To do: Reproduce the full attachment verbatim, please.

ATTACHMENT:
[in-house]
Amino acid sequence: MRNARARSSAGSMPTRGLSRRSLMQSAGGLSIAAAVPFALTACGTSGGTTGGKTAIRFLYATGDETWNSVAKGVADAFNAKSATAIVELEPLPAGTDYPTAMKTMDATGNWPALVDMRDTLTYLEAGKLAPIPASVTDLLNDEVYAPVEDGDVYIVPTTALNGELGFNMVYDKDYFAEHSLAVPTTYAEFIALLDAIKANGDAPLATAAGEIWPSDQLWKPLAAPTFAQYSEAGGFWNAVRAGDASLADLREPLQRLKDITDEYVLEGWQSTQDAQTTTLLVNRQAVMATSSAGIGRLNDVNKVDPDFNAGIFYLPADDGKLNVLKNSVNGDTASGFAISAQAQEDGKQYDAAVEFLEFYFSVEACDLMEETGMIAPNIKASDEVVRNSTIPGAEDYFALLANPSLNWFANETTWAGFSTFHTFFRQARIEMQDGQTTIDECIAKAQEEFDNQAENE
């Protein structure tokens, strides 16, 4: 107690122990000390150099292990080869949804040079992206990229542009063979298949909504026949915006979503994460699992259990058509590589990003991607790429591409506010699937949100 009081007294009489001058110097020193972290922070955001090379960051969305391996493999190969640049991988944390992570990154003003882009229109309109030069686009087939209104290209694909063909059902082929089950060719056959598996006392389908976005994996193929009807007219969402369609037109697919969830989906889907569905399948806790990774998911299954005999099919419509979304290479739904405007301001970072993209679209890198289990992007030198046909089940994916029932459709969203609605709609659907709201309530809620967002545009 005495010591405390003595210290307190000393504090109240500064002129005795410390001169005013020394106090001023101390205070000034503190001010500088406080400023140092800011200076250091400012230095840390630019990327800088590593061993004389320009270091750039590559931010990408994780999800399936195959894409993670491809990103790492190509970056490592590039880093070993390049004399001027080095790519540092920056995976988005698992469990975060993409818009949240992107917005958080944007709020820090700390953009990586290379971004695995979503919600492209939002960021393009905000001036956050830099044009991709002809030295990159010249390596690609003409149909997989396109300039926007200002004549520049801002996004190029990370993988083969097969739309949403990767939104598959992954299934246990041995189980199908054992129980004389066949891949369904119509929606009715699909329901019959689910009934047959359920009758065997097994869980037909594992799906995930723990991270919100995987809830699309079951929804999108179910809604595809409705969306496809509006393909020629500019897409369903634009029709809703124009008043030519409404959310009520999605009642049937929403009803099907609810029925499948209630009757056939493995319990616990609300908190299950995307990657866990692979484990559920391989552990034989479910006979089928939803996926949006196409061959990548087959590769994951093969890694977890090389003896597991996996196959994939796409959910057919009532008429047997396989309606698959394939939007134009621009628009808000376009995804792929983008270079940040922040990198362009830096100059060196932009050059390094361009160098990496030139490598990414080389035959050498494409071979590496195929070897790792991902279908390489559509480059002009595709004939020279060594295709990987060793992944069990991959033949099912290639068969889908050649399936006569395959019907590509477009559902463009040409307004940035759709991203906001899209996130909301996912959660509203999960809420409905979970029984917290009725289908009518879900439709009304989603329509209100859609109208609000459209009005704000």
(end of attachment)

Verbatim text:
[in-house]
Amino acid sequence: MRNARARSSAGSMPTRGLSRRSLMQSAGGLSIAAAVPFALTACGTSGGTTGGKTAIRFLYATGDETWNSVAKGVADAFNAKSATAIVELEPLPAGTDYPTAMKTMDATGNWPALVDMRDTLTYLEAGKLAPIPASVTDLLNDEVYAPVEDGDVYIVPTTALNGELGFNMVYDKDYFAEHSLAVPTTYAEFIALLDAIKANGDAPLATAAGEIWPSDQLWKPLAAPTFAQYSEAGGFWNAVRAGDASLADLREPLQRLKDITDEYVLEGWQSTQDAQTTTLLVNRQAVMATSSAGIGRLNDVNKVDPDFNAGIFYLPADDGKLNVLKNSVNGDTASGFAISAQAQEDGKQYDAAVEFLEFYFSVEACDLMEETGMIAPNIKASDEVVRNSTIPGAEDYFALLANPSLNWFANETTWAGFSTFHTFFRQARIEMQDGQTTIDECIAKAQEEFDNQAENE
């Protein structure tokens, strides 16, 4: 107690122990000390150099292990080869949804040079992206990229542009063979298949909504026949915006979503994460699992259990058509590589990003991607790429591409506010699937949100 009081007294009489001058110097020193972290922070955001090379960051969305391996493999190969640049991988944390992570990154003003882009229109309109030069686009087939209104290209694909063909059902082929089950060719056959598996006392389908976005994996193929009807007219969402369609037109697919969830989906889907569905399948806790990774998911299954005999099919419509979304290479739904405007301001970072993209679209890198289990992007030198046909089940994916029932459709969203609605709609659907709201309530809620967002545009 005495010591405390003595210290307190000393504090109240500064002129005795410390001169005013020394106090001023101390205070000034503190001010500088406080400023140092800011200076250091400012230095840390630019990327800088590593061993004389320009270091750039590559931010990408994780999800399936195959894409993670491809990103790492190509970056490592590039880093070993390049004399001027080095790519540092920056995976988005698992469990975060993409818009949240992107917005958080944007709020820090700390953009990586290379971004695995979503919600492209939002960021393009905000001036956050830099044009991709002809030295990159010249390596690609003409149909997989396109300039926007200002004549520049801002996004190029990370993988083969097969739309949403990767939104598959992954299934246990041995189980199908054992129980004389066949891949369904119509929606009715699909329901019959689910009934047959359920009758065997097994869980037909594992799906995930723990991270919100995987809830699309079951929804999108179910809604595809409705969306496809509006393909020629500019897409369903634009029709809703124009008043030519409404959310009520999605009642049937929403009803099907609810029925499948209630009757056939493995319990616990609300908190299950995307990657866990692979484990559920391989552990034989479910006979089928939803996926949006196409061959990548087959590769994951093969890694977890090389003896597991996996196959994939796409959910057919009532008429047997396989309606698959394939939007134009621009628009808000376009995804792929983008270079940040922040990198362009830096100059060196932009050059390094361009160098990496030139490598990414080389035959050498494409071979590496195929070897790792991902279908390489559509480059002009595709004939020279060594295709990987060793992944069990991959033949099912290639068969889908050649399936006569395959019907590509477009559902463009040409307004940035759709991203906001899209996130909301996912959660509203999960809420409905979970029984917290009725289908009518879900439709009304989603329509209100859609109208609000459209009005704000």